Why would Neil Young, the famous singer, wild man, and activist, want you to stop spending money on products made, sold and distributed by Scotts Miracle-Gro, Gavita Lighting, General Hydroponics, Botanicare, Hawthorne Gardening, Sunlight Supply, Monsanto, and Bayer? And why should you even give a damn about what Neil Young wants? Here’s the answer…
Scotts Miracle-Gro used to be just a large corporation that made crappy, cheap fertilizers, poisons, and other gardening and lawn products. A few years ago, sniffing money to be made in the hydroponics and marijuana growing industries, Scotts Miracle-Gro founder and former fighter pilot Jim Hagedorn decided to wage what he called a commercial war to take over the hydroponics manufacturing, distribution, and grow shop industries.
Hagedorn used a front company called Hawthorne Gardening to buy General Hydroponics, Gavita, Botanicare, Sunlight Supply and many other hydroponics businesses.
Sunlight Supply is one of a handful of major distribution hubs that provides supplies to grow shops. According to hydroponics retailers, Hawthorne and Sunlight pressure grow stores to sell Hawthorne brands, even when those brands are inferior to competing brands. If the grow store won’t bend over for Hawthorne, it risks being cut off from Sunlight Supply distribution.
Most marijuana growers care deeply about the environment, human health, the quality of their marijuana crops, and the drug war. When they learned that Scotts Miracle-Gro, a company that markets Roundup and other poison and is part of a corporate gang that includes GMO company Monsanto and international chemical, pharmaceutical and consumer products company Bayer, the growers who cared enough decided they’d fight back against the corporate takeover of the hydroponics industry by boycotting Hawthorne brands.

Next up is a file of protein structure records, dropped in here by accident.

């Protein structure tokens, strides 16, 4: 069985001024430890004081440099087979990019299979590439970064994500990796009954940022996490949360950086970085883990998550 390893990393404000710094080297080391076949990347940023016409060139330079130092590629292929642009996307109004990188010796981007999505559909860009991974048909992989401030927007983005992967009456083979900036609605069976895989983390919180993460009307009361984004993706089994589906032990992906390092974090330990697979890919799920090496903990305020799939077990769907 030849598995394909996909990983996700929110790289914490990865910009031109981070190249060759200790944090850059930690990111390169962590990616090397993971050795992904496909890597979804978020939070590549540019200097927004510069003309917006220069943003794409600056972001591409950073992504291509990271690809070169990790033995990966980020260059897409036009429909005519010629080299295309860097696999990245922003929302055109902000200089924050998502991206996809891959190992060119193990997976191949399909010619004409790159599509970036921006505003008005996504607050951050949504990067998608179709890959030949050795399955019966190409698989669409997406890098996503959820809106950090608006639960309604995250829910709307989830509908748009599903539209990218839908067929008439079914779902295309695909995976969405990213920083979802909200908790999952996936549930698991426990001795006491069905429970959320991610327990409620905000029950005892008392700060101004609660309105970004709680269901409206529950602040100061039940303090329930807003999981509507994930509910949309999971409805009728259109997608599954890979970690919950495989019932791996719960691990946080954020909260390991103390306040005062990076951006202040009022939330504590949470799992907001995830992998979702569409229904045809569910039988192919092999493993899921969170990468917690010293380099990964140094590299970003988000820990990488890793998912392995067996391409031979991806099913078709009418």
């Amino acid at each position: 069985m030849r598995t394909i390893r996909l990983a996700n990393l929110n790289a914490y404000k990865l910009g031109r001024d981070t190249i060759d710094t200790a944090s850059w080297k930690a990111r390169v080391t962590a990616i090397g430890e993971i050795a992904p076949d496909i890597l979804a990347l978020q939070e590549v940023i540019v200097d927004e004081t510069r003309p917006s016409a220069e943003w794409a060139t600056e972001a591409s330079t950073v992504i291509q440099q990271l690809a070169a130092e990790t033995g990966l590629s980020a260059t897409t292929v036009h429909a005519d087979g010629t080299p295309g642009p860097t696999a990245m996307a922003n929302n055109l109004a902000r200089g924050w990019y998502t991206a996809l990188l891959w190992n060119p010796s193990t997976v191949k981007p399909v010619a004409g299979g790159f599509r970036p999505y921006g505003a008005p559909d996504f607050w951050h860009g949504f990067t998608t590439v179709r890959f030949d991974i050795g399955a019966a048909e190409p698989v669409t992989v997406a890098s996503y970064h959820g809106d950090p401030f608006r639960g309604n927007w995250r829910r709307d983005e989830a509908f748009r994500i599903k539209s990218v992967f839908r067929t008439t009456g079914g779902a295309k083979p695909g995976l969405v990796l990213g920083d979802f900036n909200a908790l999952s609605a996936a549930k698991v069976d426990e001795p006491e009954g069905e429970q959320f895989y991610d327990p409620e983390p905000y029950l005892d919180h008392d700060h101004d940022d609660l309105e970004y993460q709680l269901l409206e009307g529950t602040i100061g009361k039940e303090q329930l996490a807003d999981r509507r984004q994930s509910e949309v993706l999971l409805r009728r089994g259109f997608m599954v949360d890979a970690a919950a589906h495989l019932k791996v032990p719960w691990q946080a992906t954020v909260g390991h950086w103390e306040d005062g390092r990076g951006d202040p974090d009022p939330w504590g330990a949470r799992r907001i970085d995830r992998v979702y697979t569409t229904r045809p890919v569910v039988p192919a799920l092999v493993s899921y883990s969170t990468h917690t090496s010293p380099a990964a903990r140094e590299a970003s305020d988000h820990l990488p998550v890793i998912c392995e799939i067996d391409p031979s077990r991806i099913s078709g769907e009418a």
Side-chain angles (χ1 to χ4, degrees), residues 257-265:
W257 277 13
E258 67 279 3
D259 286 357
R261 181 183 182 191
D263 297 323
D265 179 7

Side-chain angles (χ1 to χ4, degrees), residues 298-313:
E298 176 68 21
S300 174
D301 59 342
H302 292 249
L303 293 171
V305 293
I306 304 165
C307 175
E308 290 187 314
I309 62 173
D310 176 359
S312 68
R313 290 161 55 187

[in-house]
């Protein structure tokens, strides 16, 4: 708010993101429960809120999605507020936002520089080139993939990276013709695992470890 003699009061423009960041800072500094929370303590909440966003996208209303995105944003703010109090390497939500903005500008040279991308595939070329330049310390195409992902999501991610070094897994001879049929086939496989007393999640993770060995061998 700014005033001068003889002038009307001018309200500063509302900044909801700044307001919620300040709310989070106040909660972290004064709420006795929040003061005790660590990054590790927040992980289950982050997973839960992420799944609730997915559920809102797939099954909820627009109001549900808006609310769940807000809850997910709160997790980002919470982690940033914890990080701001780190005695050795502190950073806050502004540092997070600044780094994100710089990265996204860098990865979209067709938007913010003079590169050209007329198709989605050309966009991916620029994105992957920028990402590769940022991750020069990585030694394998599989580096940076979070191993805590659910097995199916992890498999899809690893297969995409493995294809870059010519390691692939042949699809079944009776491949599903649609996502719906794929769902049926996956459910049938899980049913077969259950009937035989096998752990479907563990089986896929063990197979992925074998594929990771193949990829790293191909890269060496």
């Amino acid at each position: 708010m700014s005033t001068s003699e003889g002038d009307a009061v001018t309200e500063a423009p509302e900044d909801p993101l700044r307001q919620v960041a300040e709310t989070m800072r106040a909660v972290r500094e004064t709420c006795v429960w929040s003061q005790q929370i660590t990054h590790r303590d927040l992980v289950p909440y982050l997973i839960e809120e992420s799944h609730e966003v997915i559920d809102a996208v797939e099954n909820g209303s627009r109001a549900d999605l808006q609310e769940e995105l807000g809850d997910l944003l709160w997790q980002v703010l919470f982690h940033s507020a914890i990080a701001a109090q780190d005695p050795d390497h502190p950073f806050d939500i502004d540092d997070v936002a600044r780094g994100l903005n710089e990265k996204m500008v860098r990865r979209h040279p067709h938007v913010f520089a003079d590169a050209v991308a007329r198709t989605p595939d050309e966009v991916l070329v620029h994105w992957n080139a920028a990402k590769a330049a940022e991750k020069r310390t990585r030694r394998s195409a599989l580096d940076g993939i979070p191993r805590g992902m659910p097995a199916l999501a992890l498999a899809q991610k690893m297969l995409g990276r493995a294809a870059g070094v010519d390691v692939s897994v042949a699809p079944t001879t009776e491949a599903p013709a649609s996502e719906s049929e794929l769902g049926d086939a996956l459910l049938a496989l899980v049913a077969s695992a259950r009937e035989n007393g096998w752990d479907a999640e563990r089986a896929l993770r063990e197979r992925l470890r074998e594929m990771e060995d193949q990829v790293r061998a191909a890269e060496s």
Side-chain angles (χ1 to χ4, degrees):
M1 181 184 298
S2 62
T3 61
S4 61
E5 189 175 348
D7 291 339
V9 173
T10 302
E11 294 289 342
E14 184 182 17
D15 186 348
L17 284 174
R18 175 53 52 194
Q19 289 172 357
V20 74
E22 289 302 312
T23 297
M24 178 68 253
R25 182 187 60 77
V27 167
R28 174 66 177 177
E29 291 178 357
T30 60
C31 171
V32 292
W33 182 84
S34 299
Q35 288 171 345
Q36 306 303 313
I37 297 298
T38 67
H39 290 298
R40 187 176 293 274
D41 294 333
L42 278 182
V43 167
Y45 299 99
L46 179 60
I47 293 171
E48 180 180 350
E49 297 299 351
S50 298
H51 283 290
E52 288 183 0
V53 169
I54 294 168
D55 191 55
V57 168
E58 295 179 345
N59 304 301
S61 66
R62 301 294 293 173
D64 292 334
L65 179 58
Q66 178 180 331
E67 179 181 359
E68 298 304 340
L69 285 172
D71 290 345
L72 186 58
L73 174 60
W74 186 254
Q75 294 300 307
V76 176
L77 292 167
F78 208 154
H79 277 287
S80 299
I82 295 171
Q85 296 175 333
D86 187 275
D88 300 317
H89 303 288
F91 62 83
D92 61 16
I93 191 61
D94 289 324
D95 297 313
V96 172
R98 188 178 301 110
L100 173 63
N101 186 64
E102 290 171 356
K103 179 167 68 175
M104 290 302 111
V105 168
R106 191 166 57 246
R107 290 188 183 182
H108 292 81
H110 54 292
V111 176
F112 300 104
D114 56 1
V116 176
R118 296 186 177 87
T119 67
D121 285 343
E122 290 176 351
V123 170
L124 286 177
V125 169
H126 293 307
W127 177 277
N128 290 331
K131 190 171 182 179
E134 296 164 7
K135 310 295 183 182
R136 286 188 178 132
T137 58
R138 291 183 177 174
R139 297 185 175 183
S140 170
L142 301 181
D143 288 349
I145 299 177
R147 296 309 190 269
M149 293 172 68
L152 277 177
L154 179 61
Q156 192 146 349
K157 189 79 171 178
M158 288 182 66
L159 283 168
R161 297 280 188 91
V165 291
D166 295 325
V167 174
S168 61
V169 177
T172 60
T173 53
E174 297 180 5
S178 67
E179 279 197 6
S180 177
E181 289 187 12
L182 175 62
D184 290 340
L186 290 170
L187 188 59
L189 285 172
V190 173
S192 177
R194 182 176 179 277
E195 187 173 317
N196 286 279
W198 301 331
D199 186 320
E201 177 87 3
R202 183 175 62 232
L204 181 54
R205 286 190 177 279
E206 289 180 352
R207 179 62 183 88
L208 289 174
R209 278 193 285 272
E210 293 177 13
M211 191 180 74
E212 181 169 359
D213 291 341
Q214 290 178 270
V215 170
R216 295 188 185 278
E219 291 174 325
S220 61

Growers who had been using General Hydroponics nutrients, Gavita double-ended grow lights, and other Hawthorne-acquired brands switched to different brands when their Hawthorne products needed replacement.
The boycott was inspired by a general dislike of corrupt corporations, and Bayer’s long history certainly qualifies it as corrupt. In fact, Bayer has a nefarious corporate biography including collaboration with Adolf Hitler.
Monsanto makes Roundup, which has been implicated as an environmentally-dangerous, carcinogenic product in several high-profile court cases. Despite the increasing evidence that Roundup harms humans, other animals and the environment, the Trump administration’s corporate-friendly Environmental Protection Agency (EPA) has gone to war against California regulators who want to put a warning label on Roundup and similar poisons!
Advocates for public health and environmental safety describe the current EPA, headed by wealthy elites hostile to the environment and safety regulations, as “pesticide cheerleaders.”
Scotts Miracle-Gro sold poisoned bird food that killed hundreds of thousands of birds, and covered it up until federal investigators discovered the truth and levied a huge penalty against them. Scotts and Monsanto supply Roundup and other poisons that American drug warriors spray on coca, marijuana, people, animals and ecosystems in South America.
If these reasons aren’t enough to make someone boycott these companies, recent reports of Monsanto going to war against journalists and Neil Young provide plenty of ammunition for a boycott.
You might be asking why Monsanto would hate Neil Young and why Neil Young hates Monsanto. Recent court documents have shown that Monsanto instructed Republican politicians to attack and de-fund the World Health Organization’s International Agency for Research on Cancer (IARC), after the IARC stated that the main ingredient in Monsanto’s Roundup (glyphosate) is likely to cause cancer.
Young has long used his music industry fame to campaign against agricultural poisons, GMOs, corrupt corporations, and harmful farming practices. Famous musician and cannabis advocate Willie Nelson has also been active in those same causes. Neil and Willie have often played together onstage at Farm Aid concerts, where they heard from dozens of farmers about the ways that Monsanto’s greed and intimidation tactics make life miserable for farmers.